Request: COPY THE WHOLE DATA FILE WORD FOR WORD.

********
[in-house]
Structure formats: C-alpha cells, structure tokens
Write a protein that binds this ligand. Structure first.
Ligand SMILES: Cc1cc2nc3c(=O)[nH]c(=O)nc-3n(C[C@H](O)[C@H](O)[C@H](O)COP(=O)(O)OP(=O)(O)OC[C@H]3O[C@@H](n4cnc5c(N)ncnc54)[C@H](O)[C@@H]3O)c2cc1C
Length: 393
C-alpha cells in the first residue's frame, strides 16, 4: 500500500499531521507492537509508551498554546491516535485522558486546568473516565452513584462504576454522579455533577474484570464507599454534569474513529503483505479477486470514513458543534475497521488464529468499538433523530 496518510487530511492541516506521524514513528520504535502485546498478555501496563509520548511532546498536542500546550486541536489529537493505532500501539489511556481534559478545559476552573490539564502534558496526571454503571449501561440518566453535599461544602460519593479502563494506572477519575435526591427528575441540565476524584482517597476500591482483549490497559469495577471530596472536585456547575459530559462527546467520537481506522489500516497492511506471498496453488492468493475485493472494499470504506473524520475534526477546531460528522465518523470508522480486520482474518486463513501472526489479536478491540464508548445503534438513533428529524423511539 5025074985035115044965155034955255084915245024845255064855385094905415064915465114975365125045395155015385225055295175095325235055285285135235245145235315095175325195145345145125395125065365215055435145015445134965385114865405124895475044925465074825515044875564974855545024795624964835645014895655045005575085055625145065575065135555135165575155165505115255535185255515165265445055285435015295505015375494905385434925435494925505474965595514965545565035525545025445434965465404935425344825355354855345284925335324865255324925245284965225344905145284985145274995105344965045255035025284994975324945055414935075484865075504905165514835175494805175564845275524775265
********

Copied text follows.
[in-house]
Structure formats: C-alpha cells, structure tokens
Write a protein that binds this ligand. Structure first.
Ligand SMILES: Cc1cc2nc3c(=O)[nH]c(=O)nc-3n(C[C@H](O)[C@H](O)[C@H](O)COP(=O)(O)OP(=O)(O)OC[C@H]3O[C@@H](n4cnc5c(N)ncnc54)[C@H](O)[C@@H]3O)c2cc1C
Length: 393
C-alpha cells in the first residue's frame, strides 16, 4: 500500500499531521507492537509508551498554546491516535485522558486546568473516565452513584462504576454522579455533577474484570464507599454534569474513529503483505479477486470514513458543534475497521488464529468499538433523530 496518510487530511492541516506521524514513528520504535502485546498478555501496563509520548511532546498536542500546550486541536489529537493505532500501539489511556481534559478545559476552573490539564502534558496526571454503571449501561440518566453535599461544602460519593479502563494506572477519575435526591427528575441540565476524584482517597476500591482483549490497559469495577471530596472536585456547575459530559462527546467520537481506522489500516497492511506471498496453488492468493475485493472494499470504506473524520475534526477546531460528522465518523470508522480486520482474518486463513501472526489479536478491540464508548445503534438513533428529524423511539 5025074985035115044965155034955255084915245024845255064855385094905415064915465114975365125045395155015385225055295175095325235055285285135235245145235315095175325195145345145125395125065365215055435145015445134965385114865405124895475044925465074825515044875564974855545024795624964835645014895655045005575085055625145065575065135555135165575155165505115255535185255515165265445055285435015295505015375494905385434925435494925505474965595514965545565035525545025445434965465404935425344825355354855345284925335324865255324925245284965225344905145284985145274995105344965045255035025284994975324945055414935075484865075504905165514835175494805175564845275524775265